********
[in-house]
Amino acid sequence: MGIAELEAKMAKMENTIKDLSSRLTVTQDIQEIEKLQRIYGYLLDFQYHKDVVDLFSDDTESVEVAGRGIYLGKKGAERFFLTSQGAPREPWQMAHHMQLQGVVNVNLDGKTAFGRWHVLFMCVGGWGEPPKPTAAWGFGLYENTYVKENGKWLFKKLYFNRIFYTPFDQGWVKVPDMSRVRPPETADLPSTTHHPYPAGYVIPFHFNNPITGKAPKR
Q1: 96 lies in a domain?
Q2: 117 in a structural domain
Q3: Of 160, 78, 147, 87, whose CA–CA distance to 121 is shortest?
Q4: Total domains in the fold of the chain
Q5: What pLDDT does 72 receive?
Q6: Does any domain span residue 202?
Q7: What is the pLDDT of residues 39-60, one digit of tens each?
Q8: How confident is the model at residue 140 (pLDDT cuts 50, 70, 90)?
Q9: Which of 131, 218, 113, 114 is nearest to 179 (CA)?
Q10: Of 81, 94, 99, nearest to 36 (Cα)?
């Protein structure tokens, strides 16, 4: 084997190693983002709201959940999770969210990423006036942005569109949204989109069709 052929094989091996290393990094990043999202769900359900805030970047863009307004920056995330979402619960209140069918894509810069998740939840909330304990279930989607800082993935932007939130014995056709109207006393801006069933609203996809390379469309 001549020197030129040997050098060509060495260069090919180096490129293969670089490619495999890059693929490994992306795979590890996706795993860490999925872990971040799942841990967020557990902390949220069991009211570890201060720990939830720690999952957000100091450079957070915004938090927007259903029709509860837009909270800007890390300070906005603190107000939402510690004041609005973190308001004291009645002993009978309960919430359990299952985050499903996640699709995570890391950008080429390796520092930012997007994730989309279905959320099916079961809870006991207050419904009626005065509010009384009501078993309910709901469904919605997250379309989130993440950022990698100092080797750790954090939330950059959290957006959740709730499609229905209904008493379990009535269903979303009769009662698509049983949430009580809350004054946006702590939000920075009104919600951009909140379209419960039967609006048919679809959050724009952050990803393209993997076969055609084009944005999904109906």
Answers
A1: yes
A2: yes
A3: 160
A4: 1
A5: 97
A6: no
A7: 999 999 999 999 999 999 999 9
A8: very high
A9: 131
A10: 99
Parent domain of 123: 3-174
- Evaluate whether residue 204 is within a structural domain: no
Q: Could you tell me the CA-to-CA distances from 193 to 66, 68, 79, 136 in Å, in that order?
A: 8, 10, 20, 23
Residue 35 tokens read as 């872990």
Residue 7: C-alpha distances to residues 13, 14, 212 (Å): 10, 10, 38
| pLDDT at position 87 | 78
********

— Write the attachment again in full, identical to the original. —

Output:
[in-house]
Amino acid sequence: MGIAELEAKMAKMENTIKDLSSRLTVTQDIQEIEKLQRIYGYLLDFQYHKDVVDLFSDDTESVEVAGRGIYLGKKGAERFFLTSQGAPREPWQMAHHMQLQGVVNVNLDGKTAFGRWHVLFMCVGGWGEPPKPTAAWGFGLYENTYVKENGKWLFKKLYFNRIFYTPFDQGWVKVPDMSRVRPPETADLPSTTHHPYPAGYVIPFHFNNPITGKAPKR
Q1: 96 lies in a domain?
Q2: 117 in a structural domain
Q3: Of 160, 78, 147, 87, whose CA–CA distance to 121 is shortest?
Q4: Total domains in the fold of the chain
Q5: What pLDDT does 72 receive?
Q6: Does any domain span residue 202?
Q7: What is the pLDDT of residues 39-60, one digit of tens each?
Q8: How confident is the model at residue 140 (pLDDT cuts 50, 70, 90)?
Q9: Which of 131, 218, 113, 114 is nearest to 179 (CA)?
Q10: Of 81, 94, 99, nearest to 36 (Cα)?
């Protein structure tokens, strides 16, 4: 084997190693983002709201959940999770969210990423006036942005569109949204989109069709 052929094989091996290393990094990043999202769900359900805030970047863009307004920056995330979402619960209140069918894509810069998740939840909330304990279930989607800082993935932007939130014995056709109207006393801006069933609203996809390379469309 001549020197030129040997050098060509060495260069090919180096490129293969670089490619495999890059693929490994992306795979590890996706795993860490999925872990971040799942841990967020557990902390949220069991009211570890201060720990939830720690999952957000100091450079957070915004938090927007259903029709509860837009909270800007890390300070906005603190107000939402510690004041609005973190308001004291009645002993009978309960919430359990299952985050499903996640699709995570890391950008080429390796520092930012997007994730989309279905959320099916079961809870006991207050419904009626005065509010009384009501078993309910709901469904919605997250379309989130993440950022990698100092080797750790954090939330950059959290957006959740709730499609229905209904008493379990009535269903979303009769009662698509049983949430009580809350004054946006702590939000920075009104919600951009909140379209419960039967609006048919679809959050724009952050990803393209993997076969055609084009944005999904109906």
Answers
A1: yes
A2: yes
A3: 160
A4: 1
A5: 97
A6: no
A7: 999 999 999 999 999 999 999 9
A8: very high
A9: 131
A10: 99
Parent domain of 123: 3-174
- Evaluate whether residue 204 is within a structural domain: no
Q: Could you tell me the CA-to-CA distances from 193 to 66, 68, 79, 136 in Å, in that order?
A: 8, 10, 20, 23
Residue 35 tokens read as 């872990």
Residue 7: C-alpha distances to residues 13, 14, 212 (Å): 10, 10, 38
| pLDDT at position 87 | 78